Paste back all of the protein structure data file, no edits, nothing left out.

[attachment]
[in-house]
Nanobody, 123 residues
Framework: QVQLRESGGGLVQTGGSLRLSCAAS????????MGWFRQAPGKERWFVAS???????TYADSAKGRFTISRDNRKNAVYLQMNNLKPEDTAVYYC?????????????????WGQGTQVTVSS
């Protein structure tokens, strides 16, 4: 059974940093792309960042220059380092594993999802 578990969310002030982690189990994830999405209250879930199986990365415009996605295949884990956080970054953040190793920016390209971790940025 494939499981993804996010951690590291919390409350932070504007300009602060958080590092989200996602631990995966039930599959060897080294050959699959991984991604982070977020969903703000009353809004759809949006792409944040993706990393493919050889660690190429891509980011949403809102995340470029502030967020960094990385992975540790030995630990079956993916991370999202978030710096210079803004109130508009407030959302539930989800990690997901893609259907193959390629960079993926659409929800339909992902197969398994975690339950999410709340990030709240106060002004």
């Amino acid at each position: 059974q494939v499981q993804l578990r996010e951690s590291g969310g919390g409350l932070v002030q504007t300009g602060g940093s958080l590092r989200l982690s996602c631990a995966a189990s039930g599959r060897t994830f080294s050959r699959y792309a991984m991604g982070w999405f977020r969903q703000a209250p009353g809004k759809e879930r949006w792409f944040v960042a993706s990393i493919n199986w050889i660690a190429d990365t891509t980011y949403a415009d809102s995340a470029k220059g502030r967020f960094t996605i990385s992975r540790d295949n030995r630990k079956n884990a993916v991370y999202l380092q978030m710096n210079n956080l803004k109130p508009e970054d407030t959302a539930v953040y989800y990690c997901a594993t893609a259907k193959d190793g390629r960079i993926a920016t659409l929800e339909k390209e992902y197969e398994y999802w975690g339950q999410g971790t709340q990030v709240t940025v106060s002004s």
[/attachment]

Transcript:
[in-house]
Nanobody, 123 residues
Framework: QVQLRESGGGLVQTGGSLRLSCAAS????????MGWFRQAPGKERWFVAS???????TYADSAKGRFTISRDNRKNAVYLQMNNLKPEDTAVYYC?????????????????WGQGTQVTVSS
């Protein structure tokens, strides 16, 4: 059974940093792309960042220059380092594993999802 578990969310002030982690189990994830999405209250879930199986990365415009996605295949884990956080970054953040190793920016390209971790940025 494939499981993804996010951690590291919390409350932070504007300009602060958080590092989200996602631990995966039930599959060897080294050959699959991984991604982070977020969903703000009353809004759809949006792409944040993706990393493919050889660690190429891509980011949403809102995340470029502030967020960094990385992975540790030995630990079956993916991370999202978030710096210079803004109130508009407030959302539930989800990690997901893609259907193959390629960079993926659409929800339909992902197969398994975690339950999410709340990030709240106060002004």
């Amino acid at each position: 059974q494939v499981q993804l578990r996010e951690s590291g969310g919390g409350l932070v002030q504007t300009g602060g940093s958080l590092r989200l982690s996602c631990a995966a189990s039930g599959r060897t994830f080294s050959r699959y792309a991984m991604g982070w999405f977020r969903q703000a209250p009353g809004k759809e879930r949006w792409f944040v960042a993706s990393i493919n199986w050889i660690a190429d990365t891509t980011y949403a415009d809102s995340a470029k220059g502030r967020f960094t996605i990385s992975r540790d295949n030995r630990k079956n884990a993916v991370y999202l380092q978030m710096n210079n956080l803004k109130p508009e970054d407030t959302a539930v953040y989800y990690c997901a594993t893609a259907k193959d190793g390629r960079i993926a920016t659409l929800e339909k390209e992902y197969e398994y999802w975690g339950q999410g971790t709340q990030v709240t940025v106060s002004s």